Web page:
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Tips for teaching finger staccato


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#1 zwhe

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Posted 23 April 2019 - 15:55

I have a pupil who is finding fast staccato difficult - he tries to bounce his whole hand, so makes mistakes. Does anyone have any tips/exercises for teaching finger staccato. He seems to get it, but then reverts back again the next time, so I'm trying to find something that will make it stick!


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#2 Latin pianist

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Posted 23 April 2019 - 16:57

Imagine the keys are hot. That's in one of the Schaum tutor books and it does make sense.
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#3 sbhoa

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Posted 23 April 2019 - 18:15

Sometimes thinking of it like trying to flick a bit of dust off the key helps


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#4 ma non troppo

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Posted 24 April 2019 - 00:15

I agree with sbhoa. For faster staccato, the movement needs to be lateral not vertical. Think little strokes with the fingers.
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#5 zwhe

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Posted 24 April 2019 - 06:51

Yes, it is the flick/stroke the key one that I've been trying to get him to do (towards you rather than away as it is for scales/scale passages), but how do I teach it in a way that it actually sinks in? Like I said, he does it in at the time, then appears to forget it again. I've had him hold his other fist on top of his hand to feel it staying steady, and watch to try and do staccato while his hand move the same way as for legato. Its the first time I've had this sort of difficulty with this pupil, so its possible that everything else has 'come naturally' and this is the first bit of technique he has really had to work at (always a bit of a shock to pupils who advance easily in any subject!). On reflection, maybe it is less a technical issue than a 'how to practise' issue?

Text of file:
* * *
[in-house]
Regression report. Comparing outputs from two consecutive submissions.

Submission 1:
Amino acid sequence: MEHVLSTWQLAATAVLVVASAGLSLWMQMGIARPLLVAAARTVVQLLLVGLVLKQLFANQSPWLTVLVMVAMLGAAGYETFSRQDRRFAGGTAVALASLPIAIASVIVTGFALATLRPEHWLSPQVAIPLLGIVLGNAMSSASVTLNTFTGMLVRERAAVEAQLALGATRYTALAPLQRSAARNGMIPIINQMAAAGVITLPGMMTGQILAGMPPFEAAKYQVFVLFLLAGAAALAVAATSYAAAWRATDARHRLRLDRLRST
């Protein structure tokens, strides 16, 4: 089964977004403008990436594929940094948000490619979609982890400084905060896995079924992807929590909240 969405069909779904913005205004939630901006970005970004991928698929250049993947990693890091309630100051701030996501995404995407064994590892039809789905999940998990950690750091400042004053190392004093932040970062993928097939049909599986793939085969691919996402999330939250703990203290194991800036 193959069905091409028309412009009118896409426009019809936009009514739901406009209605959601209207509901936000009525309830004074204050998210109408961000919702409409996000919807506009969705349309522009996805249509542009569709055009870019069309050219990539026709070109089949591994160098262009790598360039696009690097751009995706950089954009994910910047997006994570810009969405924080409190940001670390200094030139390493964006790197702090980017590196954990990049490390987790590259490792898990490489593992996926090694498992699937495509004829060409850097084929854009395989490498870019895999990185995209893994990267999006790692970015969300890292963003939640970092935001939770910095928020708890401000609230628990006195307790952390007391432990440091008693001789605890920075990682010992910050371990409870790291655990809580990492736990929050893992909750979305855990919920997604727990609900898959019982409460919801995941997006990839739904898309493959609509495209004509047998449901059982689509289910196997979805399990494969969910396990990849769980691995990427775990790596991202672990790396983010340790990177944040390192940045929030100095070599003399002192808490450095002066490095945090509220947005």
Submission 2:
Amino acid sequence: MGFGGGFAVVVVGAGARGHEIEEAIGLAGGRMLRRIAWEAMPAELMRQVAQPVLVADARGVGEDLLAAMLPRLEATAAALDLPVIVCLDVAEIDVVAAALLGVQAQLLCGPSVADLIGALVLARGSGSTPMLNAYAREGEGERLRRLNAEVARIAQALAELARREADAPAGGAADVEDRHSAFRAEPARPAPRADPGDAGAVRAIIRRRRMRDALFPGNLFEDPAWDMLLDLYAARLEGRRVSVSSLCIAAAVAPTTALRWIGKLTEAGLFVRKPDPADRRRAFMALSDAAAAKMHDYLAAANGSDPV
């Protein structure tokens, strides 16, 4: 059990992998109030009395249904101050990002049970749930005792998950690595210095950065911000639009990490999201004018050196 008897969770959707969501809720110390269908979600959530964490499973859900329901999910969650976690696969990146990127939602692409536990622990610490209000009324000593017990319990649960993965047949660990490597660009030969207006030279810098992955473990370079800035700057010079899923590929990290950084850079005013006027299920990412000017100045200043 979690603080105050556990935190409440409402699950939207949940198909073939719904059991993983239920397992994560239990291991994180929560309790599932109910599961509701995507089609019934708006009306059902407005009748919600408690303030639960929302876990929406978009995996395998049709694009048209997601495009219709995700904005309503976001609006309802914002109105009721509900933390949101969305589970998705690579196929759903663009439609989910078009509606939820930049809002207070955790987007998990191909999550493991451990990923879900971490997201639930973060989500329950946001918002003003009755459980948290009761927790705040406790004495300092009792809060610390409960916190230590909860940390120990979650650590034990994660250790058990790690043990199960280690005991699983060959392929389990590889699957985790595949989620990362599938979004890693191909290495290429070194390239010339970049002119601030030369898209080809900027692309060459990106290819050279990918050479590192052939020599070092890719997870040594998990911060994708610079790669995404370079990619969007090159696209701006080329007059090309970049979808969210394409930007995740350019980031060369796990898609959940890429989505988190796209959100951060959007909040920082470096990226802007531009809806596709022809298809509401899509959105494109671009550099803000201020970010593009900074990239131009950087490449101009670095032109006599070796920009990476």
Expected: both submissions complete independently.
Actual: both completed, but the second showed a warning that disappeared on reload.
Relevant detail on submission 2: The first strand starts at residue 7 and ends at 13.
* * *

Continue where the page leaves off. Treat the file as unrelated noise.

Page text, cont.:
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#6 EllieD

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Posted 24 April 2019 - 07:55

Not a teacher but reading the last post made me wonder, can your student actually hear the difference between doing it right and doing it wrong? If he can't, that might explain why he isn't doing the (currently) harder but correct option at home, even though clearly he is technically able to do it.


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#7 vron

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Posted 24 April 2019 - 13:41

Just an adult learner but this is something that strikes home for me. I very recently have just been tackling the same problem. I tended to bounce whole hand rather than use fingers and have been trying hard to change this. For me I think " pedalling on a bike" with my fingers while smoothly moving hand sideways and it seems to help me visualise what my fingers should be doing. I practised that away from piano sometime too. I also am managing it ok sometimes ...for instance in scales or a passage which is all staccato but have difficulty if it is just a few random notes especially if I am finding that I am struggling with the piece in general and I don't have enough spare brain cells to think of that as well as the notes ( this may be your students problem) or if it is at speed.


For me it is just been continual practice of staccato scales especially with left hand as I find that weak especially the 4 and 5th fingers and really thinking about what I am doing that is helping. It is still a work in progress!!
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#8 agricola

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Posted 25 April 2019 - 09:53

I use and teach a similar action for fast passages that are legato but pp and I have noticed that few people persist with this technique.  It feels quite effortful when you are learning it so they give up -- either because they don't appreciate how much better they will sound or (as vron says) because they can't think about a tricky technique at the same time as learning notes/fingering etc.  

 

I learn ballroom dance and have exactly the same problem with that -- I can either think about improving footwork, adding arm movements and so on or about the actual steps, but not both at the same time!


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